When Christian parents use the fear of suffering to elevate their children to their standards, they inadvertently invert the value system to which we all need to adhere in order to live up to God's standards. The very fears we must overcome to know, love and serve God with humility, are instilled in us and then exploited so that we learn to desire being loved and esteemed by the world above all else. The one thing all but the saints among us care about more than anything else on earth, more than money, more than power--both of which are but means to this end--is what other human beings think of us. The following illustrates what, in my opinion, is part of the reason why.
Litany of Humility
O Jesus! meek and humble of heart, Hear me. ("I refuse to listen to you when you talk in this tone of voice.")
From the desire of being esteemed, Deliver me, Jesus. ("Nobody likes a crybaby!")
From the desire of being loved... ("Nobody's ever going to want to marry you if you keep treating people this way.")
From the desire of being extolled ... ("You'll never amount to anything if you don't work harder.")
From the desire of being honored ... ("You'll never make honor roll if you don't devote yourself to your studies.")
From the desire of being praised ... ("Everyone's going to think you're a loser if you don't get a job soon.")
From the desire of being preferred to others... ("The coach is going to let the other kids play more than you if you don't practice harder.")
From the desire of being consulted ... ("Nobody's going to care what you think if you don't start thinking before you speak.")
From the desire of being approved ... ("I don't approve of the way you're dressed and I refuse to be seen in public with you.")
From the fear of being humiliated ... ("If you ever speak to me that way in front of your friends again, I'll embarrass you in front of everybody!")
From the fear of being despised... ("You should be ashamed of yourself! Just go to your room!")
From the fear of suffering rebukes ... ("I'll give you a good tongue lashing if I ever catch you doing that again!")
From the fear of being calumniated ... ("People will talk if they see you hanging around with the likes of him.")
From the fear of being forgotten ... ("You want people to remember you for what a nice person you are.")
From the fear of being ridiculed ... ("Everyone will make fun of you if you have to repeat this grade.")
From the fear of being wronged ... ("Well I guess you got just what you deserved, treating your brother like that!")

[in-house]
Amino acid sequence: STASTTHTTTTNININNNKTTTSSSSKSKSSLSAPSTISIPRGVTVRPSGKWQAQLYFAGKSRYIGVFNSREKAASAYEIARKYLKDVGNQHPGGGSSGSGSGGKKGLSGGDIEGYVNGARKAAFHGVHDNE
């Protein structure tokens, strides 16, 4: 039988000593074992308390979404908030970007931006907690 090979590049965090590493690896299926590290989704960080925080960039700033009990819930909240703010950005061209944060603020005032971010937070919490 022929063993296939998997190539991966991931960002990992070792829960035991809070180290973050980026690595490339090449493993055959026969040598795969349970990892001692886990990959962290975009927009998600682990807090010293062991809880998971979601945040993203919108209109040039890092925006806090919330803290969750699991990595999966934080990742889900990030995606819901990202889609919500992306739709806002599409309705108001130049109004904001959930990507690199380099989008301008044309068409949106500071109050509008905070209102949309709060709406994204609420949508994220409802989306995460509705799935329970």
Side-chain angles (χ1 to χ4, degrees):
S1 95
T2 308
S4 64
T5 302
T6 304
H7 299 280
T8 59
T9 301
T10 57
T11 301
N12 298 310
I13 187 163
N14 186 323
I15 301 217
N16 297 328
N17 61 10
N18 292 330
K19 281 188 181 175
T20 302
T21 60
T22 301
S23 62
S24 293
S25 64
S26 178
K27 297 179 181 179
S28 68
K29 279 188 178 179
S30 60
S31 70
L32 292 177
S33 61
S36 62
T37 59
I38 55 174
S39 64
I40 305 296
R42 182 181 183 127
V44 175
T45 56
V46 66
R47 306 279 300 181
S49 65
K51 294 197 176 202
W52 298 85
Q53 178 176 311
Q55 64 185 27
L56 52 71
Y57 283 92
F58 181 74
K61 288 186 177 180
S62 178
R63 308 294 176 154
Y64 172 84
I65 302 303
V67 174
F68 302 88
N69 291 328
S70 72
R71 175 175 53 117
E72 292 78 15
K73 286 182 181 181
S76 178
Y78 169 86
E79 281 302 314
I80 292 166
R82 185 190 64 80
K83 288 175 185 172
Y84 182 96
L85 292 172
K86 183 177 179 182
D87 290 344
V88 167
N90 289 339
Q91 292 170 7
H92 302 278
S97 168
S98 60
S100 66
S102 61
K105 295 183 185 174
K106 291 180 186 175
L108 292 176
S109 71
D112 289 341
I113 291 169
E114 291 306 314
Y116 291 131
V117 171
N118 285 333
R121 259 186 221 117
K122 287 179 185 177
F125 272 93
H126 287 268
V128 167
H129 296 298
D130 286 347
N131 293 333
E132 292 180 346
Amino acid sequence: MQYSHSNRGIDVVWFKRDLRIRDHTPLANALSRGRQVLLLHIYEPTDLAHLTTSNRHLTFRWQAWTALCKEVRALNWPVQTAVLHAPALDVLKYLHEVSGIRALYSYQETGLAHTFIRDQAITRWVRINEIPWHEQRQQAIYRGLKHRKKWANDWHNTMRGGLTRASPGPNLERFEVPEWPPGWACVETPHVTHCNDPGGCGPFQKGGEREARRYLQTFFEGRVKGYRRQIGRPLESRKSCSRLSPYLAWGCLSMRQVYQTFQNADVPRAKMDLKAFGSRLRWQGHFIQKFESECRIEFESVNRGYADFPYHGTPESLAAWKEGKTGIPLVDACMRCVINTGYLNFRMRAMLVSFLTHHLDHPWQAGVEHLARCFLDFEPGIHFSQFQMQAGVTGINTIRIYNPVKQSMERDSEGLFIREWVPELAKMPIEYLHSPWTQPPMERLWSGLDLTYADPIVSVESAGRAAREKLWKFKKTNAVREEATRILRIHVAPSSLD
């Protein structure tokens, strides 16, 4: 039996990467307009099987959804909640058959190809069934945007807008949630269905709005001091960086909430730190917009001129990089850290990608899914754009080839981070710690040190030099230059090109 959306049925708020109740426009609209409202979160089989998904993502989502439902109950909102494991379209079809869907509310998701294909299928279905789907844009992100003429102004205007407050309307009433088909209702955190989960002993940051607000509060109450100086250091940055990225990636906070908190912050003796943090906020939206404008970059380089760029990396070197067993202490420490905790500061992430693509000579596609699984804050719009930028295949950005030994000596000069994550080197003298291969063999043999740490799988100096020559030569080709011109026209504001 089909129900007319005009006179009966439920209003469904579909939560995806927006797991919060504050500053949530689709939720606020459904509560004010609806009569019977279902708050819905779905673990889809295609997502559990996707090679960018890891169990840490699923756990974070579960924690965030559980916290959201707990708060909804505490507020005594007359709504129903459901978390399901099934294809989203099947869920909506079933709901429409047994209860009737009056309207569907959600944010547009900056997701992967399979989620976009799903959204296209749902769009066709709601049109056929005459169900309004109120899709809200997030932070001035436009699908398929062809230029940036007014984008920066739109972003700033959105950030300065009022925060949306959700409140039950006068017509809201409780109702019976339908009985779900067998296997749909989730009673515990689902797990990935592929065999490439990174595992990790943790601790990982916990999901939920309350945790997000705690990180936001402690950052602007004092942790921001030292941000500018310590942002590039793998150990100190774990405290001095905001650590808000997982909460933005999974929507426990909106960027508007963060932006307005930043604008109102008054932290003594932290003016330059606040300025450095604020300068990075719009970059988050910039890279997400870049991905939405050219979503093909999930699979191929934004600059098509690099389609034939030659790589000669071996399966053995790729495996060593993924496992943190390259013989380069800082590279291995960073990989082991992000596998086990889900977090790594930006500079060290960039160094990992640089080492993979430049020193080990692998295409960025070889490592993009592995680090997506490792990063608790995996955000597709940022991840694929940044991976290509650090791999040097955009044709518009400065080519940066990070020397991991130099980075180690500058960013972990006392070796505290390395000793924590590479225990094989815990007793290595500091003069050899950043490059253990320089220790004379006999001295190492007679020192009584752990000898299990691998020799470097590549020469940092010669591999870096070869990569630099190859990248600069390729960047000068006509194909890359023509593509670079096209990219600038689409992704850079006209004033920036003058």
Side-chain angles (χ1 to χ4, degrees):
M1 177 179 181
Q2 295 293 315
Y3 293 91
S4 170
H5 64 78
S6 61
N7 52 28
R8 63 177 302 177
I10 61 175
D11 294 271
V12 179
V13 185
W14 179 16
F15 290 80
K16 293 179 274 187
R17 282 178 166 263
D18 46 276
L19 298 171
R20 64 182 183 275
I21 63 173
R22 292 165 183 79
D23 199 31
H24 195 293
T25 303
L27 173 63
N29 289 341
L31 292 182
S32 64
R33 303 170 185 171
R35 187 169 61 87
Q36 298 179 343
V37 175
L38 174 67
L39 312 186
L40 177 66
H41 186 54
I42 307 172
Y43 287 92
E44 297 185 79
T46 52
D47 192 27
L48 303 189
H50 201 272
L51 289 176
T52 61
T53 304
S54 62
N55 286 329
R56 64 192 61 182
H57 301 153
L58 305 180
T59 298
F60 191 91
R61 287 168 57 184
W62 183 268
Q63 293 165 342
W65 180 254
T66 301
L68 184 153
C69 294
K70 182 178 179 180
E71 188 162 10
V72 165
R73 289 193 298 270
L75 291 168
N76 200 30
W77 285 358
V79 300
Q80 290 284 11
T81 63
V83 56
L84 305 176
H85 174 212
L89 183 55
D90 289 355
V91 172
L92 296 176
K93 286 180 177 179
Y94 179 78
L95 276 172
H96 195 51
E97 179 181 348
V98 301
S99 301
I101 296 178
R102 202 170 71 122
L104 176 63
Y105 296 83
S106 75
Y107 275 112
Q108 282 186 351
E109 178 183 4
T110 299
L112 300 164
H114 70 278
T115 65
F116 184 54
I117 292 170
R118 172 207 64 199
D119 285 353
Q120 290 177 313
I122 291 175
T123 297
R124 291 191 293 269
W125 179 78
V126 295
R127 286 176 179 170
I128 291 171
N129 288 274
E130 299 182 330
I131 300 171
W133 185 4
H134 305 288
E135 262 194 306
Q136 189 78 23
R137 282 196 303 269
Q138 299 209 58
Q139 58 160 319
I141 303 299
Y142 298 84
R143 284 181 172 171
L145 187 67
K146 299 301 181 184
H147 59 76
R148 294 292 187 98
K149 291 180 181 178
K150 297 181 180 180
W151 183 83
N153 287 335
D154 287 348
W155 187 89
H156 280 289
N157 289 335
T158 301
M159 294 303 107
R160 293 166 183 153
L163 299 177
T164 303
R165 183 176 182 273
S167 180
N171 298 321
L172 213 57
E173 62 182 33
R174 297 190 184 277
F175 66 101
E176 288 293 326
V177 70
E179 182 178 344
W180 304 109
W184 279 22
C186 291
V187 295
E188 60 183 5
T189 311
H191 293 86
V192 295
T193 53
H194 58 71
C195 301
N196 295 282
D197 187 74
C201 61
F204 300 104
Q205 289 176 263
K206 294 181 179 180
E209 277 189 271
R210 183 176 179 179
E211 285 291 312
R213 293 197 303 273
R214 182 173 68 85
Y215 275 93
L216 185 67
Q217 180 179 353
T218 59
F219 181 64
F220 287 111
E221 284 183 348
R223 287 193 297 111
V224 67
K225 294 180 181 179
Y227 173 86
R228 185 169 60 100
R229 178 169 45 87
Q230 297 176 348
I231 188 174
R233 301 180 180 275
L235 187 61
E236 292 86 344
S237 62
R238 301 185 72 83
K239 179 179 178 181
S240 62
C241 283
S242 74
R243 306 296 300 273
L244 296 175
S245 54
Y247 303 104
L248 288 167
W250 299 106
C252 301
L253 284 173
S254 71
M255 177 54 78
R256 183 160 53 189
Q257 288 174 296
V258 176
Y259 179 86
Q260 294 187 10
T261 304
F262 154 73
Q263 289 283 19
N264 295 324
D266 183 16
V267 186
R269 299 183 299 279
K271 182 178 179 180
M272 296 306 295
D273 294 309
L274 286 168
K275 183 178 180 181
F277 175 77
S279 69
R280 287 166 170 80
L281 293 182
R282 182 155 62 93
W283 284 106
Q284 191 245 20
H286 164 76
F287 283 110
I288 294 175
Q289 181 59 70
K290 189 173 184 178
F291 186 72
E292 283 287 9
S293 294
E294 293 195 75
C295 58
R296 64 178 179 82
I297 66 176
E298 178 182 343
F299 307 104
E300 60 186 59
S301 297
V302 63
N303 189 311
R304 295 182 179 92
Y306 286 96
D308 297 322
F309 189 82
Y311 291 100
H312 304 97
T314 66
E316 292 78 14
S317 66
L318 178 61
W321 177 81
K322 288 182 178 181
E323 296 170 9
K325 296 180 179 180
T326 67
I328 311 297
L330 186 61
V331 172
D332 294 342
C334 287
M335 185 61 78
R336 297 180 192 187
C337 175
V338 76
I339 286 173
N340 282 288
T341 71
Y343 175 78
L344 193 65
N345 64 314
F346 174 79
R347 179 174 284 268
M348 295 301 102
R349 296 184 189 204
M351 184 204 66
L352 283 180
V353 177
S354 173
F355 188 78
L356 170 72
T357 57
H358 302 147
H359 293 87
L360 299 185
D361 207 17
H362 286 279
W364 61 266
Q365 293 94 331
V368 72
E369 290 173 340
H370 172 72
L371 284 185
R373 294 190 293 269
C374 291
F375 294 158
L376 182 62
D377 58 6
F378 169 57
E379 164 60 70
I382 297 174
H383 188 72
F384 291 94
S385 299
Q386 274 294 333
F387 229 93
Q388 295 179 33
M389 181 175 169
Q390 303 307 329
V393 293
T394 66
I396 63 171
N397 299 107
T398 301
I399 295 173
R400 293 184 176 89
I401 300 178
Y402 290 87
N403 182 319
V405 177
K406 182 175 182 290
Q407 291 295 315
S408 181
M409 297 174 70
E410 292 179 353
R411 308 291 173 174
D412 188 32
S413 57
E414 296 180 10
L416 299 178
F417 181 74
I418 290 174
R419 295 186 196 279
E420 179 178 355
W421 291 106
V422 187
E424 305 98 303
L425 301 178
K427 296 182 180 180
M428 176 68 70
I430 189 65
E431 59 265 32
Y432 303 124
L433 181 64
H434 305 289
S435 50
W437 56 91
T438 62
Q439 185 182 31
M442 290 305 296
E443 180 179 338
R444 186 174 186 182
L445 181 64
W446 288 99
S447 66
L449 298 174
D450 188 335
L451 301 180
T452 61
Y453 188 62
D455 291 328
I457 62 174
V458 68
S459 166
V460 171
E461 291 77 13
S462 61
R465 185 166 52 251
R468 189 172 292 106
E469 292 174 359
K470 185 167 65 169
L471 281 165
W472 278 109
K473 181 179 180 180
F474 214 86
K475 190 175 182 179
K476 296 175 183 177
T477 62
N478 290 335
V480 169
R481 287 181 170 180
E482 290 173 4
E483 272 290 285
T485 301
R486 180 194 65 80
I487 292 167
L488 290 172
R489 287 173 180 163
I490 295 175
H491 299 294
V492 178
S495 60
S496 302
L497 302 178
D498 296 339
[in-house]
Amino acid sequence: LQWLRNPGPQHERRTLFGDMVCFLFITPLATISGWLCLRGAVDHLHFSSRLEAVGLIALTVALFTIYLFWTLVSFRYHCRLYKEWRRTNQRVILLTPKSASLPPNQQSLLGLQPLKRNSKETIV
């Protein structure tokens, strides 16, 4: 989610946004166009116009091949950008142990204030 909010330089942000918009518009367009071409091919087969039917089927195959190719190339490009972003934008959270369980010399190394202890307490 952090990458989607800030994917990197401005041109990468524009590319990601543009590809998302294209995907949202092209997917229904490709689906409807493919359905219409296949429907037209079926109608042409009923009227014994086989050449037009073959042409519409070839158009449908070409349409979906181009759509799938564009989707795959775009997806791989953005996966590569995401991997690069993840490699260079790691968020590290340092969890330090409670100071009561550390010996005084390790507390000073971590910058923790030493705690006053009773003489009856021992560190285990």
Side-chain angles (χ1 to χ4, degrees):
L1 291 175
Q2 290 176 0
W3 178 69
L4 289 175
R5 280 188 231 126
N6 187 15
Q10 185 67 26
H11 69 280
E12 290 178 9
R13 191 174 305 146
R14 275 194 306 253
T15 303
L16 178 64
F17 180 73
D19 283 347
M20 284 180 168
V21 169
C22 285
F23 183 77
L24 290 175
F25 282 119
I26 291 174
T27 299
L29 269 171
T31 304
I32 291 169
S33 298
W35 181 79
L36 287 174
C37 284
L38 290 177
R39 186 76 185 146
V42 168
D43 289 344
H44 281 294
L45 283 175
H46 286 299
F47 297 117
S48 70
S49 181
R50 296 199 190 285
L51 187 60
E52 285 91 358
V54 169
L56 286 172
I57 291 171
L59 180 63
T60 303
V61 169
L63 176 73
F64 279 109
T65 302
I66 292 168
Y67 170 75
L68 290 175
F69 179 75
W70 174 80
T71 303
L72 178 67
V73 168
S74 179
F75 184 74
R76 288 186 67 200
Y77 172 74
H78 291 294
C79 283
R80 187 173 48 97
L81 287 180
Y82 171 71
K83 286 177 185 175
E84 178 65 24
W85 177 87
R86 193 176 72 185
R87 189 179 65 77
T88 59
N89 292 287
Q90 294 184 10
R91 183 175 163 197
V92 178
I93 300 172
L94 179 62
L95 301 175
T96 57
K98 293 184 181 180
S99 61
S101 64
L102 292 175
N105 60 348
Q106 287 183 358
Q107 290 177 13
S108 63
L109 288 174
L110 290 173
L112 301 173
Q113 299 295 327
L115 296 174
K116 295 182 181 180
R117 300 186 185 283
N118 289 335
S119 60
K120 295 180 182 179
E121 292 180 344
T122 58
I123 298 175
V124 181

From the fear of being suspected ... ("How can I let you out of my sight if I can't trust you.")
That others may be loved more than I, Jesus, grant me the grace to desire it. ("How could you do that to your sister? Don't you want her to love you?")
That others may be esteemed more than I ... ("How dare you speak so disrespectfully to me. I ought slap your face.")
That, in the opinion of the world, others may increase and I may decrease ... ("If people don't think well of you, you'll never get very far in this world.")
That others may be chosen and I set aside ... ("You'll never make allstars with that kind of attitude.")
That others may be praised and I unnoticed ... ("Stand up straight and fix your hair. Don't you want people to notice how pretty you are?")
That others may be preferred to me in everything... ("No, I'm sorry, your brother gets to ride in the front seat, because he helped me pack the car.")
That others may become holier than I, provided that I may become as holy as I should… ("Why can't you be more like John. He's such a good boy.")
Rafael Cardinal Merry del Val (1865-1930), Secretary of State for Pope Saint Pius X
Whatever we use to solicit our children's cooperation is what they come to value. If they didn't think it was of value, they wouldn't be motivated by it (or by losing it). Children may be born already valuing these things--I guess God's the only one who knows--but it's the responsibility of Christian parents to see that their values are ordered vertically, toward God. We fail to fulfill this responsibility whenever we say the kinds of things exemplified above. It's natural not to want our children to suffer, in this life or the next. Of course, we know that suffering in this life ends as soon as we embrace God's will. We do that by accepting it in each moment, not prophesying about future impending doom to coerce them to change this moment--and fast. We can and must correct our children's physically and spiritually dangerous choices. But until we embrace God's will ourselves, we won't see how to do it without infecting them with our own horizontal fears. This lesson is best taught to us by Christ, Himself, in his rebuke of St. Peter, from St. Matthew's Gospel, especially verse 23:
21 From that time on Jesus began to explain to his disciples that he must go to Jerusalem and suffer many things at the hands of the elders, chief priests and teachers of the law, and that he must be killed and on the third day be raised to life.
22 Peter took him aside and began to rebuke him. "Never, Lord!" he said. "This shall never happen to you!"
23 Jesus turned and said to Peter, "Get behind me, Satan! You are a stumbling block to me; you do not have in mind the things of God, but the things of men."
24 Then Jesus said to his disciples, "If anyone would come after me, he must deny himself and take up his cross and follow me. 25 For whoever wants to save his life will lose it, but whoever loses his life for me will find it. 26 What good will it be for a man if he gains the whole world, yet forfeits his soul? Or what can a man give in exchange for his soul? 27 For the Son of Man is going to come in his Father's glory with his angels, and then he will reward each person according to what he has done. 28 I tell you the truth, some who are standing here will not taste death before they see the Son of Man coming in his kingdom."